Though Tim Edey can play many instruments, guitar is perhaps his favoured one, and, as the album title says, his choice for this recording. In performance, Tim comes across as a gifted and versatile player, a man who holds these talents with humility, and an artist who loves to share his joy in the varied aspects of music.

Those things come across clearly in this recording, as well.

On it, you will find eighteen tracks of Christmas and Celtic music, thoughtfully and engagingly presented. Edey offer a journey which begins with I Saw Three Ships paired with a slide from County Kerry. There’s also Irish tune Coinnle an Linbh Íosa, a title in Irish which translates as The Lights or Candles of the Child Jesus. In the Bleak Midwinter leads into the Scottish tune Annie Laurie, there are stops along the way at O Little Town of Bethlehem, an O’Carolan tune, Silent Night, The First Noel, and several others. before closing with Griogar’s Tune, a song written by Enda McCabe for Tim’s young son.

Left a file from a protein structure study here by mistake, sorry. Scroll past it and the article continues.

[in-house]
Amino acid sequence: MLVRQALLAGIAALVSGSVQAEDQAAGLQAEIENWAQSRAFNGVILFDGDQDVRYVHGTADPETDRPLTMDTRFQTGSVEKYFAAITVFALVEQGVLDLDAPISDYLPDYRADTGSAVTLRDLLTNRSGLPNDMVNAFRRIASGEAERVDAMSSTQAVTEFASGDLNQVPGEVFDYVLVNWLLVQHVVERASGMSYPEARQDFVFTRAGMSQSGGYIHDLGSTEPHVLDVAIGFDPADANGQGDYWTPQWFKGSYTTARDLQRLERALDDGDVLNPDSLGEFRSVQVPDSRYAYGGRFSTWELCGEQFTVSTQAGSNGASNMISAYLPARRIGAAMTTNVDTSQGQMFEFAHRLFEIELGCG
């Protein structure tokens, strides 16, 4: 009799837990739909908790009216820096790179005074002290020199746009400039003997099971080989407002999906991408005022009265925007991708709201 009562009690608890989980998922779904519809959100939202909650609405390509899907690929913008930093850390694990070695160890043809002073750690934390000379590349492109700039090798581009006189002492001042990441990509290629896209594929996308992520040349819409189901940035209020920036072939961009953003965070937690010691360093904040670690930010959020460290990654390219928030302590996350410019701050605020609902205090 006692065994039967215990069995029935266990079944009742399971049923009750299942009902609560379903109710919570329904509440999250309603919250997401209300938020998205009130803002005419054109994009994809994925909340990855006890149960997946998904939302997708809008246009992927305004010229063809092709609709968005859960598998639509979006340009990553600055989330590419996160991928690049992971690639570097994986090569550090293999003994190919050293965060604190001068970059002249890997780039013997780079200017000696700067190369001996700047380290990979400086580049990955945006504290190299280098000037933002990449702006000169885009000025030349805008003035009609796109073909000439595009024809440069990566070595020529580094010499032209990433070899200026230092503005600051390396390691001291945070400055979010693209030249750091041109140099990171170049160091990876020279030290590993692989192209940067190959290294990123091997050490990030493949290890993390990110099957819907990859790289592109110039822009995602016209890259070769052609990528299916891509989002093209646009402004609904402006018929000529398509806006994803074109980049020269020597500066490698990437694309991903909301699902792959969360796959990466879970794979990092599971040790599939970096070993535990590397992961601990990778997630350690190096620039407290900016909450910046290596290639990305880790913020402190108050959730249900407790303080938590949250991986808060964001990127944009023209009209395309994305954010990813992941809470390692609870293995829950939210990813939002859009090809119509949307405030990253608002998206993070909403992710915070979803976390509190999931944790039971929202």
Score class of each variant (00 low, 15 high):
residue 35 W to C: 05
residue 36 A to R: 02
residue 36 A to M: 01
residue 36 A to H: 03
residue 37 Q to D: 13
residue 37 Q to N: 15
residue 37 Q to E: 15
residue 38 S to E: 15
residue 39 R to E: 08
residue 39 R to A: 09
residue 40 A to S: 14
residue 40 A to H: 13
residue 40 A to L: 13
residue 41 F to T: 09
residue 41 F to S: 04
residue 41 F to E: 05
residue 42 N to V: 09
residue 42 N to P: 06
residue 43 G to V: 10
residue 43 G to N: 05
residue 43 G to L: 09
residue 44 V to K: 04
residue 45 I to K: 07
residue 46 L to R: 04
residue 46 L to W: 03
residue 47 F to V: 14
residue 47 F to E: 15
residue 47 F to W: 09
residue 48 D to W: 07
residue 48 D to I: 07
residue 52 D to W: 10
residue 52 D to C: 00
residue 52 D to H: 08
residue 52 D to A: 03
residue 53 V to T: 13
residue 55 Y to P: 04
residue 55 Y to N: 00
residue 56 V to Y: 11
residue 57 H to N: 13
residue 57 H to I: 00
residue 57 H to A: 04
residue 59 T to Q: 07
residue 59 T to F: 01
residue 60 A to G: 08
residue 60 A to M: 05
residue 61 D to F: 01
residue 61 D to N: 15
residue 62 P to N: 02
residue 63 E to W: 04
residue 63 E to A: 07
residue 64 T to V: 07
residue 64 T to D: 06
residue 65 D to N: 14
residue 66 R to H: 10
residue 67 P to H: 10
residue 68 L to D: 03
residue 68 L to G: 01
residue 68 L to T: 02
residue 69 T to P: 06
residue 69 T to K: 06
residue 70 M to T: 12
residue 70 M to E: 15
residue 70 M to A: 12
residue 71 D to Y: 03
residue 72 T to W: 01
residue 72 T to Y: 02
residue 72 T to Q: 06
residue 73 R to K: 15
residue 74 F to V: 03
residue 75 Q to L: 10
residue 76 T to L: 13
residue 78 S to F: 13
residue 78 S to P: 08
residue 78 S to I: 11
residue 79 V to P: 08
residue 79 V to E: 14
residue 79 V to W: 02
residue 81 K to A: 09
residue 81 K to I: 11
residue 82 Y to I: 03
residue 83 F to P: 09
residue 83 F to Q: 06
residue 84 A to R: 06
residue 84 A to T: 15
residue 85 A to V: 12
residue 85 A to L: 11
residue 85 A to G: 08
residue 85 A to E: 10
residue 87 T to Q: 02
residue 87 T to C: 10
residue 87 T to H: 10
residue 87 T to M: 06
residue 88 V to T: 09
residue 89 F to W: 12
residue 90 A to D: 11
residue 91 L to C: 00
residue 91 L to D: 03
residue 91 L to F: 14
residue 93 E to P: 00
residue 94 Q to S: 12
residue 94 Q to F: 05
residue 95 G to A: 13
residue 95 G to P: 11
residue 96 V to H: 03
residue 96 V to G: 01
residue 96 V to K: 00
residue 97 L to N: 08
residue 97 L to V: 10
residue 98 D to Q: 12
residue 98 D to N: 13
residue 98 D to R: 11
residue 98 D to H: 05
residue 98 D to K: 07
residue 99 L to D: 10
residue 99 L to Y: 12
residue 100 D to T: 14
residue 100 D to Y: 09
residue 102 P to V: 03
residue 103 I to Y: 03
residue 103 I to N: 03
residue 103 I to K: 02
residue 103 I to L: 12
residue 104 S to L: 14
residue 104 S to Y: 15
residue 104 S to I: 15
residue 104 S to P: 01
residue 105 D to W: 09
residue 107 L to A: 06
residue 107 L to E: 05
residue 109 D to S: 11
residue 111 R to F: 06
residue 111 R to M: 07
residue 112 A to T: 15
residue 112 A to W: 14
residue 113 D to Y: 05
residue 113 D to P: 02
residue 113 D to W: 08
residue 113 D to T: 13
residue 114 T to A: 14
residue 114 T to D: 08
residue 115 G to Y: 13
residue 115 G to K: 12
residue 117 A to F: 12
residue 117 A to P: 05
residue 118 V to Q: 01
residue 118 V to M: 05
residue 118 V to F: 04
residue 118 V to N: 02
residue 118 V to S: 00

It’s true that many of these pieces will call up memories of their words; that is part of their charm. It’s fine to hear them as instrumental pieces, though. It makes the depth of melody and the grace of Edey’s playing all the more evident. If you’ve guitar player on your holiday gift list, too, this could be just the thing. In addition to his own solo albums, Edey is in demand to work with other artists. If you’d like to hear a different aspect of Edey’s work, you may find him in collaboration with top Cape Breton fiddle player Natalie MacMaster on her recent release called Sketches. There will be more to come about that recording here along the music road in future, too. If you are attending Celtic Connections in Glasgow, you will find Edey as part of collaborations at two concerts, as well.

Tim Edey is grew up in a musical family in Broadstairs, in Kent, in England. He has lived in Ireland and is now based in Perthshire n Scotland. Those places and experiences find their way way into his understanding of music, and his presentation of them on this recording.

You may also wish to see
First week in Advent: music and quiet
Listening to Winter: Aine Minogue, Cara Dillon, Matt Heaton
Alison Brown Quartet: Evergreen